A 15-year veteran of the Quincy Police Department who is currently suing the city was terminated Tuesday after a second hearing with the mayor’s office.
In a decision issued on June 12, Director of Human Resources Stephen McGrath said McGunigle was unfit to be a Quincy officer.
“I accept Chief [Paul] Keenan’s recommendation that Officer McGunigle has exhibited an inability to conform to the standards of the Quincy Police Department,” McGrath wrote. “During his testimony, Chief Keenan indicated that he has never seen an individual with a work record like this, or with as many complaints against him/her.”
Officer Joseph McGunigle was placed on 30-day unpaid administrative leave on March 9 on charges of prohibitive conduct stemming from a dispute with a neighbor over traffic cones last September.
McGunigle then had his firearms license revoked in mid-March due to numerous additional complaints by neighbors.
Since the department cannot employ officers who do not have a firearms permit, police couldn’t say at that time if and when McGunigle would return back to work.
The report upholds the decision to revoke the firearms permit, and furthermore states that it is a necessary component of McGunigle’s police job.
“I find that Officer McGunigle’s failure to maintain appropriate and lawful weapons licensure precludes him from satisfying a condition of his employment and thus warrants termination in and of itself,” McGrath wrote in the report.
The termination was also due to several other charges, most notably stemming from an alleged violation of orders from Police Chief Paul Keenan, which mandated on Sept 13 that McGunigle stay away from the police headquarters.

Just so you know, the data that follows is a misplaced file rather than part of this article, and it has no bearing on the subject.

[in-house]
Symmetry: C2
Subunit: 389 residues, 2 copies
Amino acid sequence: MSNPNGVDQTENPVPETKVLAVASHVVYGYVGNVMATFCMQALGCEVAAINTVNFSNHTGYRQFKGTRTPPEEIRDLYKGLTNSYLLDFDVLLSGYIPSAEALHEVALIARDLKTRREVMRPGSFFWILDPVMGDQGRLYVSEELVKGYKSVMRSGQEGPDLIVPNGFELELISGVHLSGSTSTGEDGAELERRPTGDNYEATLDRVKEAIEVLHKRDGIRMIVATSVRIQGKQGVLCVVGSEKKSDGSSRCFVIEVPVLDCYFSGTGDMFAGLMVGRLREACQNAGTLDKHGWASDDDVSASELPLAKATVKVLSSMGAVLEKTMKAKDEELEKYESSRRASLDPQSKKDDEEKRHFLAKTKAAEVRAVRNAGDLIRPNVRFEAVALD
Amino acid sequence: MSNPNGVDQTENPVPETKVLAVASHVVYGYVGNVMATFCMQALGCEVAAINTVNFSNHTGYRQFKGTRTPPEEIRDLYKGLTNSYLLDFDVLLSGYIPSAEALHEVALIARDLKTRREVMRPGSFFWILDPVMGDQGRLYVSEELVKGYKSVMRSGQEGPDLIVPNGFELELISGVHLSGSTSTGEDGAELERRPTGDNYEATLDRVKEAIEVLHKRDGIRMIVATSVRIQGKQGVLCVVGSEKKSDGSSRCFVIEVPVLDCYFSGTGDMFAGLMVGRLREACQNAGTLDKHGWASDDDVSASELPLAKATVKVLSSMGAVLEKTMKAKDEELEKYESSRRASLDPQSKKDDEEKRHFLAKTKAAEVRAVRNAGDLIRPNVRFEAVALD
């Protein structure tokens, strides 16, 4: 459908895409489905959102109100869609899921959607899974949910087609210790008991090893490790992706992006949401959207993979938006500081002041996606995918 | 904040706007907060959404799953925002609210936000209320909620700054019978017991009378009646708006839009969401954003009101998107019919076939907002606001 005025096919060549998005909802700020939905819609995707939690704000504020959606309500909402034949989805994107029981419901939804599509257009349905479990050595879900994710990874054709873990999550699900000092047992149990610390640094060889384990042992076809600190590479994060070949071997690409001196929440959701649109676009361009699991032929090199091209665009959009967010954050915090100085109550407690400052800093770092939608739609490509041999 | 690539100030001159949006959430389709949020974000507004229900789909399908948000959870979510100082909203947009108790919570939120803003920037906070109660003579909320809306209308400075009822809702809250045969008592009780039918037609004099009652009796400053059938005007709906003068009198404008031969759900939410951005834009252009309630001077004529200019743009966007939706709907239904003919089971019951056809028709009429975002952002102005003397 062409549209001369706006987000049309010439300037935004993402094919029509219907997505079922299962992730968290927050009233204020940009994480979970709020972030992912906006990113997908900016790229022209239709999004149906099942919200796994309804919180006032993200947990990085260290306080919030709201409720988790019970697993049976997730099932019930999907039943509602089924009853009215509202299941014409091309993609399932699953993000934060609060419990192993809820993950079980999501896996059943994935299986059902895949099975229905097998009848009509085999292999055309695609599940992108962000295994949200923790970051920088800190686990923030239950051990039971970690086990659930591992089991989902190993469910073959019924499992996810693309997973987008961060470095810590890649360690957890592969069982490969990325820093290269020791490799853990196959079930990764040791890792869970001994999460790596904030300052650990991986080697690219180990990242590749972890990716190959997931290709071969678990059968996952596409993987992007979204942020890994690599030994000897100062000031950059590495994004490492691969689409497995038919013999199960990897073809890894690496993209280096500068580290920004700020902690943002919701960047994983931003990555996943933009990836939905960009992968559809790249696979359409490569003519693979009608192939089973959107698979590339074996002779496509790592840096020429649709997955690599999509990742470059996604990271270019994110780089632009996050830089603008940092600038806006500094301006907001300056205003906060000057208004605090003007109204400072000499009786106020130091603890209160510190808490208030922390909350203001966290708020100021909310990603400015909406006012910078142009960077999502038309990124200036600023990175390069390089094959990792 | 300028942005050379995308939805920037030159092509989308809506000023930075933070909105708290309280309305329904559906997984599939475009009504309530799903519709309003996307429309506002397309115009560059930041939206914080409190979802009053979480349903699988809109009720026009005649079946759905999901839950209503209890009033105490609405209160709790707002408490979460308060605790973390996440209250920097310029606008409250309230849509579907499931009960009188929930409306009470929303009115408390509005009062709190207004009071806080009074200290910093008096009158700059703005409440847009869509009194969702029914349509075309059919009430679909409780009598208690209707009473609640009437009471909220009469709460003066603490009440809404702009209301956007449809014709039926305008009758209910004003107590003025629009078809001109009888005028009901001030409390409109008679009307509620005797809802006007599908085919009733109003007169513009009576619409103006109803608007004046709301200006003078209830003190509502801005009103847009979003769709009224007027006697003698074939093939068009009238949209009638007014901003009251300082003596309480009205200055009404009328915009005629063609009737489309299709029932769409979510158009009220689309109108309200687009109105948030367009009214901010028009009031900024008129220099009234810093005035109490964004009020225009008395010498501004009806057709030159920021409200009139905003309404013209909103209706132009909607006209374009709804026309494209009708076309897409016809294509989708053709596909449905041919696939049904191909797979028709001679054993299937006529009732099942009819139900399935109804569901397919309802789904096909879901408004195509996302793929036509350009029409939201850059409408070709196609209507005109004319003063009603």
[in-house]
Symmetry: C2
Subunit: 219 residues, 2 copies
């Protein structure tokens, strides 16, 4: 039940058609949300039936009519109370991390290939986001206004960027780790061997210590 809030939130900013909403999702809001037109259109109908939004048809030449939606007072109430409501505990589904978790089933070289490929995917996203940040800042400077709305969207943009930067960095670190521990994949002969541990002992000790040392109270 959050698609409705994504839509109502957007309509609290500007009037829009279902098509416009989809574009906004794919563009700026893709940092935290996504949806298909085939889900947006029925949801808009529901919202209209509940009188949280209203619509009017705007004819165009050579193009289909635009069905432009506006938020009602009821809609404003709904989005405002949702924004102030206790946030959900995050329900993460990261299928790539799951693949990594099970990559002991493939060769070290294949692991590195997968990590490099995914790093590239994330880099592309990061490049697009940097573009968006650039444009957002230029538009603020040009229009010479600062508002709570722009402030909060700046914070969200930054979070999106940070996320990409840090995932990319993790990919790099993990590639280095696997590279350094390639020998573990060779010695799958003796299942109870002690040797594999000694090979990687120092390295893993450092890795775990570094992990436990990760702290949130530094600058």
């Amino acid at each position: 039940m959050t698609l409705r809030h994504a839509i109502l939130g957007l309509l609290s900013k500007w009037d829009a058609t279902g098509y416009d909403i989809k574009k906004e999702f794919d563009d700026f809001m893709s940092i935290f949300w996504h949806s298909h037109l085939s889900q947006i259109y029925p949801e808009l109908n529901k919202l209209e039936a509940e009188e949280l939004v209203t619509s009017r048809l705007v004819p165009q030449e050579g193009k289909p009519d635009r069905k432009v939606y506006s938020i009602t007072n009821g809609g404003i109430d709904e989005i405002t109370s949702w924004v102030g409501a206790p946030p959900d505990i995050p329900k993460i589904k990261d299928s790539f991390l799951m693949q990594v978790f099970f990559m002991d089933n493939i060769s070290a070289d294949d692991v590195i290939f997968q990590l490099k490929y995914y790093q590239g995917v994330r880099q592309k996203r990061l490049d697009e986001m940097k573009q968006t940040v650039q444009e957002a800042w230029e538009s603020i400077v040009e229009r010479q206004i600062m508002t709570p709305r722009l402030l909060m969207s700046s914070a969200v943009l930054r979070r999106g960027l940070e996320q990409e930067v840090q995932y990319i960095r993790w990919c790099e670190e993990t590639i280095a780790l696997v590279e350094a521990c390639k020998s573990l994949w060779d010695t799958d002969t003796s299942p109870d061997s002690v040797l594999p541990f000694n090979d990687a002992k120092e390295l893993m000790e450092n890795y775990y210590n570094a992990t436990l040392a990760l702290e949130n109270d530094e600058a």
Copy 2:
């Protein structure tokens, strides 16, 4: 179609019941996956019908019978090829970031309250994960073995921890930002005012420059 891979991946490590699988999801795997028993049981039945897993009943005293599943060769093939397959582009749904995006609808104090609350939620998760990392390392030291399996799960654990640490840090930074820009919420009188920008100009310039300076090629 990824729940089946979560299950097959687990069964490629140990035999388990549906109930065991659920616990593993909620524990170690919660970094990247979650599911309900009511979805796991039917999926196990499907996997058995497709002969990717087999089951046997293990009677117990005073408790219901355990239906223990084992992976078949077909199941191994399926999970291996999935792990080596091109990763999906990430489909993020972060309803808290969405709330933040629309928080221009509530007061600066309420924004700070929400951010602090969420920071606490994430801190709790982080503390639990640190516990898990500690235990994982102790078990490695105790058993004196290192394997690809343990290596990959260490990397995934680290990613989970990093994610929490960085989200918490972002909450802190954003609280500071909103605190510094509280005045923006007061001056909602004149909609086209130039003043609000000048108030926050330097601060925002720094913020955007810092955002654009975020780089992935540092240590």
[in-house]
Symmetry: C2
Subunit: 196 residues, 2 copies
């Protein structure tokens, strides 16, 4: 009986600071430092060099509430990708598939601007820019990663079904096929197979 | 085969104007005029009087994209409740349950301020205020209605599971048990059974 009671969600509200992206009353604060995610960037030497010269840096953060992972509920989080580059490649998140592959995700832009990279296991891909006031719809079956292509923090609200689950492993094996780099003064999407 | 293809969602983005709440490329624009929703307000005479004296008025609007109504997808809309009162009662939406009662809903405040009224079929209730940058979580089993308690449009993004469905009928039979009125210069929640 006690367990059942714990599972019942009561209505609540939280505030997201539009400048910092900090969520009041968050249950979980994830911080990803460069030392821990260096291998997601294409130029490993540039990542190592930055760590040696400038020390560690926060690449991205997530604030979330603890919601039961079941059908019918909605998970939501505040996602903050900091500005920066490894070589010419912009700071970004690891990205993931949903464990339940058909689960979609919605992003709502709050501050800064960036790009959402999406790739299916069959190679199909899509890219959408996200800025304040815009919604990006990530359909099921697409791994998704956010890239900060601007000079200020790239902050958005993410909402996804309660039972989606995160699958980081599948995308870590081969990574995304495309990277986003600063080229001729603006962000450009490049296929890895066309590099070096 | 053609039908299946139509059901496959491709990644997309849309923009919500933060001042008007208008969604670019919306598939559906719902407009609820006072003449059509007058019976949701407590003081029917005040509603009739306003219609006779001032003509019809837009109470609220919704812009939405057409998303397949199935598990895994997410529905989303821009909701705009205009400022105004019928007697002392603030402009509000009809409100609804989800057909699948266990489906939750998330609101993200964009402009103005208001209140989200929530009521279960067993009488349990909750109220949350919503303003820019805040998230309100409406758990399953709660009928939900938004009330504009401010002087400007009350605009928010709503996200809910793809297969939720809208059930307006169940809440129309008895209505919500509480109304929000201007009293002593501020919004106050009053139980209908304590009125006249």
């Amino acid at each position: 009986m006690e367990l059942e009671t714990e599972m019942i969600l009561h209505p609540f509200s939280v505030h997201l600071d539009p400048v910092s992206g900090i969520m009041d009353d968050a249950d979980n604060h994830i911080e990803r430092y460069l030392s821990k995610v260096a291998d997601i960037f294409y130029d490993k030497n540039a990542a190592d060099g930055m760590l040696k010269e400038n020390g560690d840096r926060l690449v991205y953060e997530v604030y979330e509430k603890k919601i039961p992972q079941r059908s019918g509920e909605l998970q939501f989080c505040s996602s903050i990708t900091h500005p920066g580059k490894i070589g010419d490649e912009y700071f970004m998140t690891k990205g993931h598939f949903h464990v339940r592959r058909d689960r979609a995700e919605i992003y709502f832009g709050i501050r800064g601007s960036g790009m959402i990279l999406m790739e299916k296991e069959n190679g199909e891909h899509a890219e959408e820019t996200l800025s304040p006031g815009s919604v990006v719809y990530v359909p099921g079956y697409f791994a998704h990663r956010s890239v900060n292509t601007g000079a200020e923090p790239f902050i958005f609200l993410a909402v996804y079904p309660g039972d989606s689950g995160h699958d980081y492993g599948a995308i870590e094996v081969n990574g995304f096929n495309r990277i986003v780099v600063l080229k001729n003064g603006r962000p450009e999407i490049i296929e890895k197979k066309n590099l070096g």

According to hearing records, McGunigle came in to the police station on Oct. 17, 2011, in an effort to allegedly intimidate a witness who had filed prior complaint against him.
The witness, Michelle Webber, was meeting at the station to apply for a firearms license from the department, the hearing report states.
McGunigle’s wife, Dianne, previously stated that her husband went into the lobby solely to use the ATM, and for no other purpose.
Yet “Officer McGunigle’s explanation of using a particular ATM machine at that location…is not credible, particularly given the express language of the order stating that ‘you may not be on the premises without prior permission from the Chief of Police’,” the report stated.
Separately, McGunigle filed a lawsuit on May 11 against Keenan and the city.
In the lawsuit, McGunigle alleged that Keenan has “failed to maintain his neutrality” when handling complaints involving McGunigle and that he has used the media to discredit him.
McGunigle is seeking damages for lost income and benefits. His attorney, Tim Burke, has said he hopes to have the lawsuit in front of a jury within a year.
Although McGunigle's lawsuit is independent of any disciplinary actions, Burke still feels the result of the latest determination is skewed.
"I think it would have been much more legitimate for the city had they hired an outside, independent, and, in my view, an objective hearing officer rather than someone employed by the city," Burke said in a phone interview. "It was preordained from the moment the chief was unsuccessful in getting him terminated in the first hearing, as you had an independent person there, who evaluated the case and had an independent result."
McGungile will have the ability to seek out arbitration through an appeals process for both hearings while the lawsuit is ongoing, Burke said.
Regarding this latest decision, Quincy Police personnel referred comment to the mayor’s office.
In an email, mayoral spokesperson Christopher Walker said, “The mayor followed the recommendation of the hearing officer, and the officer has been terminated effectively immediately … The hearing officer’s report speaks for itself.”